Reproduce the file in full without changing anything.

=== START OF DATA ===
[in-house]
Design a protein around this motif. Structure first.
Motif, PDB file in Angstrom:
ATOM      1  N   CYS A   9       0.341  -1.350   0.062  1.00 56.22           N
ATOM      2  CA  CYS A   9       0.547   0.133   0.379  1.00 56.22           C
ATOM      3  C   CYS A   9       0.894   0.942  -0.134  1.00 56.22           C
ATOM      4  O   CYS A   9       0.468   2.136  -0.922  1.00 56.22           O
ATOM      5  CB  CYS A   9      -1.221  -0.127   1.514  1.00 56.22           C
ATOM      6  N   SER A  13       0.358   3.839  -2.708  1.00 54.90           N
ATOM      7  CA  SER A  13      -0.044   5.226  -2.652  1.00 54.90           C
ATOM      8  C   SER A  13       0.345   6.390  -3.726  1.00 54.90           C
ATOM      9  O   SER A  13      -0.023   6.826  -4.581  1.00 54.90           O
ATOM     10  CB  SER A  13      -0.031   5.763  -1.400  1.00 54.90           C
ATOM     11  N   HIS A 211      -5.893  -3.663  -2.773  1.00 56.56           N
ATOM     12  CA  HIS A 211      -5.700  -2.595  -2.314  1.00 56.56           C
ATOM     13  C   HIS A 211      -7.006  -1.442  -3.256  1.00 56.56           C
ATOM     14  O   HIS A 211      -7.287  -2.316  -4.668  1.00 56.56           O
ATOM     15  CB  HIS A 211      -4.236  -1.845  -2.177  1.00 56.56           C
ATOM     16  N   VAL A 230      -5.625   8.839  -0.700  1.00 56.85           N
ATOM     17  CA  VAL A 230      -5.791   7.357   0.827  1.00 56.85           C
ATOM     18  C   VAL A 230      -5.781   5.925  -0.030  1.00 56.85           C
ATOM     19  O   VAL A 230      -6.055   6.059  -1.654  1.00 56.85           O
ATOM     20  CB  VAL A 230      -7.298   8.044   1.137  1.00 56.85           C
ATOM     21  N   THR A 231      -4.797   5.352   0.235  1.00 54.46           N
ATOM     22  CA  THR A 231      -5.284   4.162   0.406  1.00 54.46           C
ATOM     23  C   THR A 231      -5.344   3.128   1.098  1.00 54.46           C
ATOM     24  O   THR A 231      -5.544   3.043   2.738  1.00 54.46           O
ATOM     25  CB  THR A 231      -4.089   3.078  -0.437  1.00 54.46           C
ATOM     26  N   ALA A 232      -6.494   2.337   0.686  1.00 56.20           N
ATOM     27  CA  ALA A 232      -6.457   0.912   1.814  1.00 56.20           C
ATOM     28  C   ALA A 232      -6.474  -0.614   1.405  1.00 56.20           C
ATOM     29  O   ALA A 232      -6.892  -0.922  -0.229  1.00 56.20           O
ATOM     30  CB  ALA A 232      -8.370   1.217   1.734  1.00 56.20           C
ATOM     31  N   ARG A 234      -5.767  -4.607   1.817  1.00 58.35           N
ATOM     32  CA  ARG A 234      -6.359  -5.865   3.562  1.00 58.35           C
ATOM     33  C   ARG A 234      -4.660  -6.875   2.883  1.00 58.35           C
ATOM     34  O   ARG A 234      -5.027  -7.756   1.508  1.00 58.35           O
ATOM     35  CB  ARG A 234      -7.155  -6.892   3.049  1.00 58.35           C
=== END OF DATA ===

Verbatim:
[in-house]
Design a protein around this motif. Structure first.
Motif, PDB file in Angstrom:
ATOM      1  N   CYS A   9       0.341  -1.350   0.062  1.00 56.22           N
ATOM      2  CA  CYS A   9       0.547   0.133   0.379  1.00 56.22           C
ATOM      3  C   CYS A   9       0.894   0.942  -0.134  1.00 56.22           C
ATOM      4  O   CYS A   9       0.468   2.136  -0.922  1.00 56.22           O
ATOM      5  CB  CYS A   9      -1.221  -0.127   1.514  1.00 56.22           C
ATOM      6  N   SER A  13       0.358   3.839  -2.708  1.00 54.90           N
ATOM      7  CA  SER A  13      -0.044   5.226  -2.652  1.00 54.90           C
ATOM      8  C   SER A  13       0.345   6.390  -3.726  1.00 54.90           C
ATOM      9  O   SER A  13      -0.023   6.826  -4.581  1.00 54.90           O
ATOM     10  CB  SER A  13      -0.031   5.763  -1.400  1.00 54.90           C
ATOM     11  N   HIS A 211      -5.893  -3.663  -2.773  1.00 56.56           N
ATOM     12  CA  HIS A 211      -5.700  -2.595  -2.314  1.00 56.56           C
ATOM     13  C   HIS A 211      -7.006  -1.442  -3.256  1.00 56.56           C
ATOM     14  O   HIS A 211      -7.287  -2.316  -4.668  1.00 56.56           O
ATOM     15  CB  HIS A 211      -4.236  -1.845  -2.177  1.00 56.56           C
ATOM     16  N   VAL A 230      -5.625   8.839  -0.700  1.00 56.85           N
ATOM     17  CA  VAL A 230      -5.791   7.357   0.827  1.00 56.85           C
ATOM     18  C   VAL A 230      -5.781   5.925  -0.030  1.00 56.85           C
ATOM     19  O   VAL A 230      -6.055   6.059  -1.654  1.00 56.85           O
ATOM     20  CB  VAL A 230      -7.298   8.044   1.137  1.00 56.85           C
ATOM     21  N   THR A 231      -4.797   5.352   0.235  1.00 54.46           N
ATOM     22  CA  THR A 231      -5.284   4.162   0.406  1.00 54.46           C
ATOM     23  C   THR A 231      -5.344   3.128   1.098  1.00 54.46           C
ATOM     24  O   THR A 231      -5.544   3.043   2.738  1.00 54.46           O
ATOM     25  CB  THR A 231      -4.089   3.078  -0.437  1.00 54.46           C
ATOM     26  N   ALA A 232      -6.494   2.337   0.686  1.00 56.20           N
ATOM     27  CA  ALA A 232      -6.457   0.912   1.814  1.00 56.20           C
ATOM     28  C   ALA A 232      -6.474  -0.614   1.405  1.00 56.20           C
ATOM     29  O   ALA A 232      -6.892  -0.922  -0.229  1.00 56.20           O
ATOM     30  CB  ALA A 232      -8.370   1.217   1.734  1.00 56.20           C
ATOM     31  N   ARG A 234      -5.767  -4.607   1.817  1.00 58.35           N
ATOM     32  CA  ARG A 234      -6.359  -5.865   3.562  1.00 58.35           C
ATOM     33  C   ARG A 234      -4.660  -6.875   2.883  1.00 58.35           C
ATOM     34  O   ARG A 234      -5.027  -7.756   1.508  1.00 58.35           O
ATOM     35  CB  ARG A 234      -7.155  -6.892   3.049  1.00 58.35           C